values and it also sorts the rows in order of decreasing relevance. To
achieve this result, you should specify MATCH() twice: once in the
SELECT list and once in the WHERE clause. This causes no additional
overhead, because the MySQL optimizer notices that the two MATCH()
calls are identical and invokes the full-text search code only once.

mysql> SELECT id, body, MATCH (title,body) AGAINST
    -> ('Security implications of running MySQL as root') AS score
    -> FROM articles WHERE MATCH (title,body) AGAINST
    -> ('Security implications of running MySQL as root');
+----+-------------------------------------
+-----------------+
| id | body                                                       |
score           |
+----+-------------------------------------
+-----------------+
|  4 | 1. Never run mysqld as root. 2. ...             |
1.5219271183014 |
|  6 | When configured properly, MySQL ...        | 1.3114095926285 |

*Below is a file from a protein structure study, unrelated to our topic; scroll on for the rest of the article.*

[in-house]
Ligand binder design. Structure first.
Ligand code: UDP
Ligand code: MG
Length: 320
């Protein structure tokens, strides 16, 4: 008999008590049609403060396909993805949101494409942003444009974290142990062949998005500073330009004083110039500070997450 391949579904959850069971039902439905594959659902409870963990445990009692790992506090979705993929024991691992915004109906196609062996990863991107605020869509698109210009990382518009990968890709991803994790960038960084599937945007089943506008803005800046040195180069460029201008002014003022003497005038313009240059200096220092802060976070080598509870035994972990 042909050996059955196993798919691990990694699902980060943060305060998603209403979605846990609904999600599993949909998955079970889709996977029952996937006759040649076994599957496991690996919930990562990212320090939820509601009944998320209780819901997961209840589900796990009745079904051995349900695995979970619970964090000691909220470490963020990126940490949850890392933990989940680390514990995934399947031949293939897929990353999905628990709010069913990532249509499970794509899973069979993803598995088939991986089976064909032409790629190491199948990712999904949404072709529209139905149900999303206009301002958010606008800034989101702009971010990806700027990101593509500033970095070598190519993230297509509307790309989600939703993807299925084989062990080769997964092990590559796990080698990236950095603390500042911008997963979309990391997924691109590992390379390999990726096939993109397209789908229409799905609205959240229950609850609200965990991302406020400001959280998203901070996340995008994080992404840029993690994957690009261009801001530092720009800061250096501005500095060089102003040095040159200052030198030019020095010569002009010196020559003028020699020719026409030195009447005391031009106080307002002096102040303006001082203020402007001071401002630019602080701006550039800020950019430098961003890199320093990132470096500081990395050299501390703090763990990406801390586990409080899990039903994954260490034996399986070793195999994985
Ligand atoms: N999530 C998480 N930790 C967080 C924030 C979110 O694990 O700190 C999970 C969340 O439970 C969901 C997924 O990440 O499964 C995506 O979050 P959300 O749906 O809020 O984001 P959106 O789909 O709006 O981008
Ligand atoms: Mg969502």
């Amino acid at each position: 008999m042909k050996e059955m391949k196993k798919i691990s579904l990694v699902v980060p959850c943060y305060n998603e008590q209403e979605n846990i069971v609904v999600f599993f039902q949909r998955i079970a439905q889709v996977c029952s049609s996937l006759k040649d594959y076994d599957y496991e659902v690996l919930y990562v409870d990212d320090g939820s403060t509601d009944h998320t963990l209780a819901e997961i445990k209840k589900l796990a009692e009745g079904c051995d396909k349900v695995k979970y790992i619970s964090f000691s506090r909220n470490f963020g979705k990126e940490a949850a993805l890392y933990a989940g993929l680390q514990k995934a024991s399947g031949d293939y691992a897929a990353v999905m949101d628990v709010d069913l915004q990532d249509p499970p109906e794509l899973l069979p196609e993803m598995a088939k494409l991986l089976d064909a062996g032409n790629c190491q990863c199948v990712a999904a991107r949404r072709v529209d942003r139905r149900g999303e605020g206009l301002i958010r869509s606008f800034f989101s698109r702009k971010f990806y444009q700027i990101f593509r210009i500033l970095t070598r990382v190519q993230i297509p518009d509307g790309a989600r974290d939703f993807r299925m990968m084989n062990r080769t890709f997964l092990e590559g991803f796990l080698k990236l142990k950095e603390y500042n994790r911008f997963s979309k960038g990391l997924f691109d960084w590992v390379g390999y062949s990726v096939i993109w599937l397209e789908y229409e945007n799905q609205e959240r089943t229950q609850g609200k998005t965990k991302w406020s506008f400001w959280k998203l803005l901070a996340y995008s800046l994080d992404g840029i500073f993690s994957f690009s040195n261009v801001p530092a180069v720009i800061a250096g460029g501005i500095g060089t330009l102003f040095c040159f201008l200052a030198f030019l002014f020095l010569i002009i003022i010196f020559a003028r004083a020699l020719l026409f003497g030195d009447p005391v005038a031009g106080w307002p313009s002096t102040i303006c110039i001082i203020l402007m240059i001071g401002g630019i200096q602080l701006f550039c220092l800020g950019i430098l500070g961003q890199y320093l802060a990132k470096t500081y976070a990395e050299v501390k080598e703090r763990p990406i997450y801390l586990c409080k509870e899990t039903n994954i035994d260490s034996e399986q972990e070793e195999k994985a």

+----+-------------------------------------
+-----------------+
2 rows in set (0.00 sec)
.....

http://dev.mysql.com/doc/refman/5.1/en/fulltext-search.html
ben (Guest)
on 2005-12-05 04:10
(Received via mailing list)
/How would you recommend implementing something like a fuzzy search with
Ruby and a SQL database.  For example, I want to search a field in a
table for anything that is similar to "Frank Smithe".  I would want an
array of matches with some sort of score telling me how good of a match
the item received ("frank smithe" 100%, "frank smith" 90%)./


Less direct, but maybe useful...
The pyLucene project is the apache java lucene library implemented in C
and SWIG'd to python (i think).
You might be able to create ruby bindings for the full text search C
library used there.


http://pylucene.osafoundation.org/

http://lucene.apache.org/java/docs
hsanson (Guest)
on 2005-12-05 06:52
(Received via mailing list)
check http://ferret.davebalmain.com/api/files/TUTORIAL.html

Ferret is a Lucene port for Ruby.



Monday 05 December 2005 11:10ã?Ben Stroud ã?ã??はæ?¸ãã¾ã?ã?:
This topic is locked and can not be replied to.